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With his modern update of Shakespeare‘s Coriolanus, first-time director Ralph Fiennes earned quite the warm reception earlier this year at the Berlin film festival. Some of the most vocal adulation went to the supporting performance by Vanessa Redgrave. Indeed, even in this trailer her performance looks nuanced and impressive, with fierce notes that stand out even against the intense work from director/star Fiennes as Coriolanus. He’s a powerful general, she’s his controlling and power-hungry mother; when Coriolanus fails in a bid for greater power, he is expelled from Rome and allies with a former enemy (Gerard Butler) to take revenge.
This first trailer certainly makes the film look like a compelling piece of work and a persuasive translation of Shakespeare to a modern setting. Check it out below. Read More »
Andy Serkis’ work in Rise of the Planet of the Apes locks his position amongst legendary ‘monster’ actors such as Lon Chaney, Sr, Lon Chaney, Jr. and Boris Karloff. That might not seem to be the greatest compliment at first; that roster of actors shouldn’t be marginalized so. I think all would bristle at being considered as performers we take seriously only when they work behind makeup and prosthetics or their digital equivalents.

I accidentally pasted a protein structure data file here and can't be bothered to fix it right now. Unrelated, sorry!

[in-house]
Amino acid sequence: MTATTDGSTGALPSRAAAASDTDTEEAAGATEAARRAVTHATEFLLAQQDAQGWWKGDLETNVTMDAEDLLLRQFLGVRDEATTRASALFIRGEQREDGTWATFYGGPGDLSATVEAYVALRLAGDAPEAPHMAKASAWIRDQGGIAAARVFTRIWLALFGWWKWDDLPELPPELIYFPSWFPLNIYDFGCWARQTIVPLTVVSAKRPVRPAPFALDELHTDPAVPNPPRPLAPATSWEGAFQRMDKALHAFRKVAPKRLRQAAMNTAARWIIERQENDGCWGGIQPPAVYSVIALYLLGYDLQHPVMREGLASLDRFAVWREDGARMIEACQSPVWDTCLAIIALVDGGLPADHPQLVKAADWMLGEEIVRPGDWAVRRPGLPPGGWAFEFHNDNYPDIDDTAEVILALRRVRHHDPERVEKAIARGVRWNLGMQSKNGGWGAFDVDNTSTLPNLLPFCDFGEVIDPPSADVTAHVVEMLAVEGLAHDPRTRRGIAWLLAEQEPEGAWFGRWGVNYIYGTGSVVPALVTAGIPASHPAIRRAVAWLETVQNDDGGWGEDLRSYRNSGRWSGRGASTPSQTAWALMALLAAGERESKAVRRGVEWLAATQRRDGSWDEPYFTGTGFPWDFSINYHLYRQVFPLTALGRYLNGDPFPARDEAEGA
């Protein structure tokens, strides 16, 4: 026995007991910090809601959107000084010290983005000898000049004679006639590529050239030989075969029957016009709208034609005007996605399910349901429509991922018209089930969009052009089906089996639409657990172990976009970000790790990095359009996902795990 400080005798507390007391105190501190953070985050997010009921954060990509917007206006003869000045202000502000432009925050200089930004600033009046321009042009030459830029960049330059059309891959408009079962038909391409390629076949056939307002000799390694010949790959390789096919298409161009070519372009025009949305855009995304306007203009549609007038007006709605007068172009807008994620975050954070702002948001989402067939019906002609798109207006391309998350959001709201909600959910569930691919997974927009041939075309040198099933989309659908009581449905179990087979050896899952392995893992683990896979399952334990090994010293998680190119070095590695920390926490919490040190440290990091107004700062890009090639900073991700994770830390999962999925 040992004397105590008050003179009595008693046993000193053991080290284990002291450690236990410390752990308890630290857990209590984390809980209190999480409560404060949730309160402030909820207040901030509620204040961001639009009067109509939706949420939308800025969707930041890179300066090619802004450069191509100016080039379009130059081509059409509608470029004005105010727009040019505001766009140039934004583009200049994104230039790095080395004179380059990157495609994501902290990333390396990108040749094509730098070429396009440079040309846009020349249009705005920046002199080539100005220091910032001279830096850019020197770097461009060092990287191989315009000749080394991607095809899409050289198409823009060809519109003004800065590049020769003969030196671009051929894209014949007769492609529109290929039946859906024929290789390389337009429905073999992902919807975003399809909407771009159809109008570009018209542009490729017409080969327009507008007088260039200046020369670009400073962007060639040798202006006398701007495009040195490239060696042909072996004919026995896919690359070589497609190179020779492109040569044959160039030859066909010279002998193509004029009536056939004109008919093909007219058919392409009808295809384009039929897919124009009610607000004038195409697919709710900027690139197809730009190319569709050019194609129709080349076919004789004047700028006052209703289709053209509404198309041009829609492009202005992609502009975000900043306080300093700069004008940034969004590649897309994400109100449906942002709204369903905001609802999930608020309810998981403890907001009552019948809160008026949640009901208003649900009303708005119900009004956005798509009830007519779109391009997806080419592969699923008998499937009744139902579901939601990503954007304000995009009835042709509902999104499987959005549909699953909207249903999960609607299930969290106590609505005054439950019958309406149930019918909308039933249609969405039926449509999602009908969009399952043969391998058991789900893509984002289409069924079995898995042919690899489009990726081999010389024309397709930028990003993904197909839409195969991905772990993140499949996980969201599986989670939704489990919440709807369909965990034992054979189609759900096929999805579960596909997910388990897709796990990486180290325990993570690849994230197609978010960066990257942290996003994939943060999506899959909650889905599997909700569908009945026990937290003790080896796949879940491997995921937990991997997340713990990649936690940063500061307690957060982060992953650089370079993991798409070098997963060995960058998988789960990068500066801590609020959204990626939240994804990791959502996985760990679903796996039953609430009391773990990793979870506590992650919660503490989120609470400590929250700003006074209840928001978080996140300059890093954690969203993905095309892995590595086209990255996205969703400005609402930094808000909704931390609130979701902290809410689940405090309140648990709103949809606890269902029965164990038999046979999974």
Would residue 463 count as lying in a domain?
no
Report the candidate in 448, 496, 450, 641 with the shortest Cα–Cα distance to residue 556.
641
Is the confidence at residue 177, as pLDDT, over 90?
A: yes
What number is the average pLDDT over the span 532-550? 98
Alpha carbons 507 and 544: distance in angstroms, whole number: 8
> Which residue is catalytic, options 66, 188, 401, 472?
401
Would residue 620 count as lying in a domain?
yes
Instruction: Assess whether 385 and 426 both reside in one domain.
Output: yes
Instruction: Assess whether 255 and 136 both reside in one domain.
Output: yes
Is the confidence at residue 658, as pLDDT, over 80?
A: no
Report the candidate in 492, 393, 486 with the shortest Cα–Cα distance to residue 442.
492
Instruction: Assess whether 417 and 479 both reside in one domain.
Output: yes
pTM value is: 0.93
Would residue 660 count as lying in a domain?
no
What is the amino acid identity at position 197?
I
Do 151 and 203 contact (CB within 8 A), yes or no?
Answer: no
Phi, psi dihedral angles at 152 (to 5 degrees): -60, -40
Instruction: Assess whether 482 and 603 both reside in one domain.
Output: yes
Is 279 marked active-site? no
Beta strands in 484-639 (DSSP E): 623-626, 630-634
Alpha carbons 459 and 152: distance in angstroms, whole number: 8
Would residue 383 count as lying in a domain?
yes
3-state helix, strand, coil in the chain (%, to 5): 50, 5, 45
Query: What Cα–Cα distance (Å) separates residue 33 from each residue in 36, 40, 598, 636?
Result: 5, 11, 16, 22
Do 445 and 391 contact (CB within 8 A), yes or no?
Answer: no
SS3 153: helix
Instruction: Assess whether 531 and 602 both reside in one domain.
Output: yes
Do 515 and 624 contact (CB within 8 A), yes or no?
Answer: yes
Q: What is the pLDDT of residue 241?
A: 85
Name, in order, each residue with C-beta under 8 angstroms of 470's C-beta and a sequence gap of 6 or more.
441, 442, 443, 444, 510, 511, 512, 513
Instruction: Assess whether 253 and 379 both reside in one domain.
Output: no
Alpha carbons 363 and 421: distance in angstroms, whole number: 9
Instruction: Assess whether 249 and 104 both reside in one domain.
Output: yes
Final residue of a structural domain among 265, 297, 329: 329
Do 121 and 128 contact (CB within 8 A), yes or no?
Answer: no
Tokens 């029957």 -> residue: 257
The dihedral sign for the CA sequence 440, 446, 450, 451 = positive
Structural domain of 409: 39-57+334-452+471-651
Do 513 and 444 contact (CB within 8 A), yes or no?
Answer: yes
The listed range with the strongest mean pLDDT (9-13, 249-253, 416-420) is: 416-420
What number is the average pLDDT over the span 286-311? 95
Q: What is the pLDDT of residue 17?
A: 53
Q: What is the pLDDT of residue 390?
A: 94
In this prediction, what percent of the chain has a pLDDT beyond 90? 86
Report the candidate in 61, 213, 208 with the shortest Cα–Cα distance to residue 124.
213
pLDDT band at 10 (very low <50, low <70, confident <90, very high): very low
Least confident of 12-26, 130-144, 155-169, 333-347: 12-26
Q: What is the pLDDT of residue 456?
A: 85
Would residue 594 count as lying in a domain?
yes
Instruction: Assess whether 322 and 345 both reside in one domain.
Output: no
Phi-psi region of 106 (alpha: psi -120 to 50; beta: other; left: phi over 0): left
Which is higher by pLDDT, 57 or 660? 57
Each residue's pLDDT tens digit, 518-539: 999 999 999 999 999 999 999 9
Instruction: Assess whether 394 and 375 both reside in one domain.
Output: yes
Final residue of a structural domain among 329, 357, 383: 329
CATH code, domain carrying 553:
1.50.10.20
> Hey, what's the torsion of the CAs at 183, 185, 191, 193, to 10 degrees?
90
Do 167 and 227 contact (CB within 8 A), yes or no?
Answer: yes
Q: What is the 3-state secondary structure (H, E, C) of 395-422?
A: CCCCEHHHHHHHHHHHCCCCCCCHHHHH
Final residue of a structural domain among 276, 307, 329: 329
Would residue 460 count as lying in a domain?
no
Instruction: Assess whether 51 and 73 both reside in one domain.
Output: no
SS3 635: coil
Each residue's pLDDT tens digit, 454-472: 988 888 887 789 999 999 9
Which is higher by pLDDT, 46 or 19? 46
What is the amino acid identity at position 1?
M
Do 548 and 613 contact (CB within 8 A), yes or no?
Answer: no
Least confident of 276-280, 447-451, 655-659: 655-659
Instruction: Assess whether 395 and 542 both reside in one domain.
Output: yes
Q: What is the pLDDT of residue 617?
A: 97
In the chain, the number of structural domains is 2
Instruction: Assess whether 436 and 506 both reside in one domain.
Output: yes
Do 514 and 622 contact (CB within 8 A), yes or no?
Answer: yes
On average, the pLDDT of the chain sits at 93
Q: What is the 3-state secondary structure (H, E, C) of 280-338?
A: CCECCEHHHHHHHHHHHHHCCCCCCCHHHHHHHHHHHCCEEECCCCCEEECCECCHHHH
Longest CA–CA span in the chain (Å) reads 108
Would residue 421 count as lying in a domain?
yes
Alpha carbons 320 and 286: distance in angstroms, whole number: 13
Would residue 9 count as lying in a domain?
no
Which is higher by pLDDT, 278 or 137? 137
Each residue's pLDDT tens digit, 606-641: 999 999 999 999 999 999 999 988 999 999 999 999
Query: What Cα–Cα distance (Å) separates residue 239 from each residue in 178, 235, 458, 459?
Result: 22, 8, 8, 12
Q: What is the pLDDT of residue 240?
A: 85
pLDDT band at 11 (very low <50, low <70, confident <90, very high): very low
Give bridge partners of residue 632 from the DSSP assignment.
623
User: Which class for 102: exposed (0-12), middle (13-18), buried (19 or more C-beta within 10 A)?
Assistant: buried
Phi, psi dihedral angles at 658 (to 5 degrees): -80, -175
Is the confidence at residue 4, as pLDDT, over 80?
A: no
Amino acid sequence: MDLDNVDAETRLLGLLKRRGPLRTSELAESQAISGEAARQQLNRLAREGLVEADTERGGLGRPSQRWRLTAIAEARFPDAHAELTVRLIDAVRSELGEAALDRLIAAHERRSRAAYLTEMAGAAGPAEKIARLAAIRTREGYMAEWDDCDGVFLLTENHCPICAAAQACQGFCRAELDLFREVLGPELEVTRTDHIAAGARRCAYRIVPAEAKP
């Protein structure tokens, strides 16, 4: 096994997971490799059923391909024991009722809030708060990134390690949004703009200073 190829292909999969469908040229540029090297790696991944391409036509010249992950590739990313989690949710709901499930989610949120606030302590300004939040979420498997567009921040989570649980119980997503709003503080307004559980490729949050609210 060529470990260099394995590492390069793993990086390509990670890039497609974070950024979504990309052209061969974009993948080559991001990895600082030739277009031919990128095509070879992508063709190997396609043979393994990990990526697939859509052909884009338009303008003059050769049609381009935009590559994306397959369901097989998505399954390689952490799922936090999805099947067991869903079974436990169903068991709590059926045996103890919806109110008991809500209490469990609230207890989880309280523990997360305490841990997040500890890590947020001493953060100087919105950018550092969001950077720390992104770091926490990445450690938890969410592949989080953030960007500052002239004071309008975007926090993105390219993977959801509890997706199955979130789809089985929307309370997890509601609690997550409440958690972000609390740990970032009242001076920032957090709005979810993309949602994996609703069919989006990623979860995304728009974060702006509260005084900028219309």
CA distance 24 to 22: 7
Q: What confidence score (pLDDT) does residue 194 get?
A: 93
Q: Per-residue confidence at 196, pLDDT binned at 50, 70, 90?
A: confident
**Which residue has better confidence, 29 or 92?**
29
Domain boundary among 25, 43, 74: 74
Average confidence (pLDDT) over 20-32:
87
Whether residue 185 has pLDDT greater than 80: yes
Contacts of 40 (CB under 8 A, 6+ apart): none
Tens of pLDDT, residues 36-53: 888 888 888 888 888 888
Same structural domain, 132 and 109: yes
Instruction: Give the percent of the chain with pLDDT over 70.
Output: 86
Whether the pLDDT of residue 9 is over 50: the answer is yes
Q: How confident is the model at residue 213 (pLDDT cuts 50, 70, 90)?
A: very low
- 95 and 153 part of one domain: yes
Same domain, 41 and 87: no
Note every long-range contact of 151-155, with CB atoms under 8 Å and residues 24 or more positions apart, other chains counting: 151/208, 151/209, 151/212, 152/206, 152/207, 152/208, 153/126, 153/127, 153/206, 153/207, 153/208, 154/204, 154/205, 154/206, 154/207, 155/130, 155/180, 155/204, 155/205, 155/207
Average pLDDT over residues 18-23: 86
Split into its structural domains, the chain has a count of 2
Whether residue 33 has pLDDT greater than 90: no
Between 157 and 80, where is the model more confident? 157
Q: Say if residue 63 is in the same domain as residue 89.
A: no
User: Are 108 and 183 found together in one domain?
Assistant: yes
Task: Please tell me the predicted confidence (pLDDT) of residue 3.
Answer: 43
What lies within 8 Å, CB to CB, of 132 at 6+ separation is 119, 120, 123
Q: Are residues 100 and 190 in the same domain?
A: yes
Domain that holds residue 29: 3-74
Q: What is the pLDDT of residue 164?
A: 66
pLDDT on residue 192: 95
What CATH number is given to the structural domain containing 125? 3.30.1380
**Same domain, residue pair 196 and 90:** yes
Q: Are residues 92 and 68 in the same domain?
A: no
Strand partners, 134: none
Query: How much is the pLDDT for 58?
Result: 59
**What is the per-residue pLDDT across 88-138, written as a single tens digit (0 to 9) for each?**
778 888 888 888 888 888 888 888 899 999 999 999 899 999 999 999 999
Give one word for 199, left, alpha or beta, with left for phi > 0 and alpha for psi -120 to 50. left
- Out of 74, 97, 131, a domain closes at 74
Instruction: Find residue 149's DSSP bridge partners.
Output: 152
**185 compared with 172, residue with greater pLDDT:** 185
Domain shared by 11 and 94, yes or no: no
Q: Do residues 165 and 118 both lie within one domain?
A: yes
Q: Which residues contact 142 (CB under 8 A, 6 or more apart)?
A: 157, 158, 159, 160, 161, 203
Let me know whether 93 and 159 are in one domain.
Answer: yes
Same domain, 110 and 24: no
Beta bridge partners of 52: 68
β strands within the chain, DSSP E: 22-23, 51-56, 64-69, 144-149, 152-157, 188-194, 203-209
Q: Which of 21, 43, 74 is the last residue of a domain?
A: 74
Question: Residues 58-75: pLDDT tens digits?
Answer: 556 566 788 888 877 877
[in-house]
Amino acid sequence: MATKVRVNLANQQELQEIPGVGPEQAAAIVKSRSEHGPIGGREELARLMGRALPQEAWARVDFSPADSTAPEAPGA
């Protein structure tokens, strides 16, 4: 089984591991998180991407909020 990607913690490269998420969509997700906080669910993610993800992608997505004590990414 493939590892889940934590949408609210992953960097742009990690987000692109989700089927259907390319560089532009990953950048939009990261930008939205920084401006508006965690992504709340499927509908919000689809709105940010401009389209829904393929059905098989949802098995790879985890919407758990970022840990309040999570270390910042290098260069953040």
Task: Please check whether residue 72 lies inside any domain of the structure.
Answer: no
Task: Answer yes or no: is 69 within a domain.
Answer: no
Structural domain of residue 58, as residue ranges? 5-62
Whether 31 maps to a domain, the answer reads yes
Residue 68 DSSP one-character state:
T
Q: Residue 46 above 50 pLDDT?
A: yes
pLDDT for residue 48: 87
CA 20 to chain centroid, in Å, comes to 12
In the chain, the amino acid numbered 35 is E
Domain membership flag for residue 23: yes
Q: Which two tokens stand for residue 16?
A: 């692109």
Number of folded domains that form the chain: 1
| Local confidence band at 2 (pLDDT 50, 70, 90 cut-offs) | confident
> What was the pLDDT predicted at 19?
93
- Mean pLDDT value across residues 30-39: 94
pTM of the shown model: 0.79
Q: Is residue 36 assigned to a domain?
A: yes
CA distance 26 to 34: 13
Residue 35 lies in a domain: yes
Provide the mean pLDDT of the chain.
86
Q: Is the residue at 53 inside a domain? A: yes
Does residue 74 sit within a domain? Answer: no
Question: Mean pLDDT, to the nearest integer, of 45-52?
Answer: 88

The fact, however, is that Andy Serkis’ best work has been done in conjunction with groundbreaking washes of pixels. Beginning with his portrayal of Gollum in The Lord of the Rings, continuing on through Peter Jackson’s King Kong and now culminating with Caesar, the ape at the center of Rise of the Planet of the Apes, the partnership between the actor and effects house WETA has done far more than most to advance the idea of what the nature of screen acting really is.
Serkis and WETA lend Caesar a moving depth of personality that goes beyond the bounds we’re accustomed to seeing in non-human characters. And, as many of his interactions with the other simian characters are necessarily devoid of dialogue, the film displays a spirit that cuts closer to pure cinema than I expect from the seventh film in the 40-year old franchise. Read More »